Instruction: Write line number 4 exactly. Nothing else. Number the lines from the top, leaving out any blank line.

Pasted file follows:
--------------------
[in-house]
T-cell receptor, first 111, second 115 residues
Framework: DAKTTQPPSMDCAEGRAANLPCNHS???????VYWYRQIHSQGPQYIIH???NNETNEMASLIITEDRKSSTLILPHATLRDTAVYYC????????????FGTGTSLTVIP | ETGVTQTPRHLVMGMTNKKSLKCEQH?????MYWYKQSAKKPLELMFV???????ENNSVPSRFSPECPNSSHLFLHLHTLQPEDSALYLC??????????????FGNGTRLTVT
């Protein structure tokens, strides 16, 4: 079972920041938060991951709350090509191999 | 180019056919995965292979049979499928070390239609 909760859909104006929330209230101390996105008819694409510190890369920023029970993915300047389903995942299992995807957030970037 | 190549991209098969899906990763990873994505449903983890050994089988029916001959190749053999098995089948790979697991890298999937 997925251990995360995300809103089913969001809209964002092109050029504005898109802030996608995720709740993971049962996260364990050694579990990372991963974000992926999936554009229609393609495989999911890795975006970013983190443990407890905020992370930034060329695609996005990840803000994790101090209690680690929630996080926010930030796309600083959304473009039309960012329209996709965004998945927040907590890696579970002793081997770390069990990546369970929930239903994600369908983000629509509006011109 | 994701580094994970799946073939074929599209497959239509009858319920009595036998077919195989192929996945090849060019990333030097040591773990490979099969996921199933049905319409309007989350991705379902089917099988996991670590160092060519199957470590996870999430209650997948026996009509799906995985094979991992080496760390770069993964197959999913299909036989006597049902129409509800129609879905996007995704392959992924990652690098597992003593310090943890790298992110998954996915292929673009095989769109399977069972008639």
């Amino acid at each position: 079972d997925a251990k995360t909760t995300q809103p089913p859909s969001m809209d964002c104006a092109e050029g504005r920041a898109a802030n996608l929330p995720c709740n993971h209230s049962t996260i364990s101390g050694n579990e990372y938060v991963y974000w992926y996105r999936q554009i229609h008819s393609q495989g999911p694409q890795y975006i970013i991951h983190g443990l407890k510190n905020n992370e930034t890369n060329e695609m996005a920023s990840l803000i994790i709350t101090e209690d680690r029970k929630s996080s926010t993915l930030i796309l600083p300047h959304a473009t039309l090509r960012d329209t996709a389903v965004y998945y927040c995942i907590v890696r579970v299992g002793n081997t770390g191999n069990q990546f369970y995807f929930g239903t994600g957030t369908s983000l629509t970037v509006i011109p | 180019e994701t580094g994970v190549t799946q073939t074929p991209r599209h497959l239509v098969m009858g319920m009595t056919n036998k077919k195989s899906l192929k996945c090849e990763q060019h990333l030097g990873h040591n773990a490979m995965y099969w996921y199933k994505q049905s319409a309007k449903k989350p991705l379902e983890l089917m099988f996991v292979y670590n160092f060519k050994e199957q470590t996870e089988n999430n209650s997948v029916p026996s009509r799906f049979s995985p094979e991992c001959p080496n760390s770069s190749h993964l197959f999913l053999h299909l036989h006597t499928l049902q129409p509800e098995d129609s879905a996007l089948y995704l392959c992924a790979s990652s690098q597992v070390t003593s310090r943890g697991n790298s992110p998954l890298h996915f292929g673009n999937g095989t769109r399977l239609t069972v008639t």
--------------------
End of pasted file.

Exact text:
């Protein structure tokens, strides 16, 4: 079972920041938060991951709350090509191999 | 180019056919995965292979049979499928070390239609 909760859909104006929330209230101390996105008819694409510190890369920023029970993915300047389903995942299992995807957030970037 | 190549991209098969899906990763990873994505449903983890050994089988029916001959190749053999098995089948790979697991890298999937 997925251990995360995300809103089913969001809209964002092109050029504005898109802030996608995720709740993971049962996260364990050694579990990372991963974000992926999936554009229609393609495989999911890795975006970013983190443990407890905020992370930034060329695609996005990840803000994790101090209690680690929630996080926010930030796309600083959304473009039309960012329209996709965004998945927040907590890696579970002793081997770390069990990546369970929930239903994600369908983000629509509006011109 | 994701580094994970799946073939074929599209497959239509009858319920009595036998077919195989192929996945090849060019990333030097040591773990490979099969996921199933049905319409309007989350991705379902089917099988996991670590160092060519199957470590996870999430209650997948026996009509799906995985094979991992080496760390770069993964197959999913299909036989006597049902129409509800129609879905996007995704392959992924990652690098597992003593310090943890790298992110998954996915292929673009095989769109399977069972008639």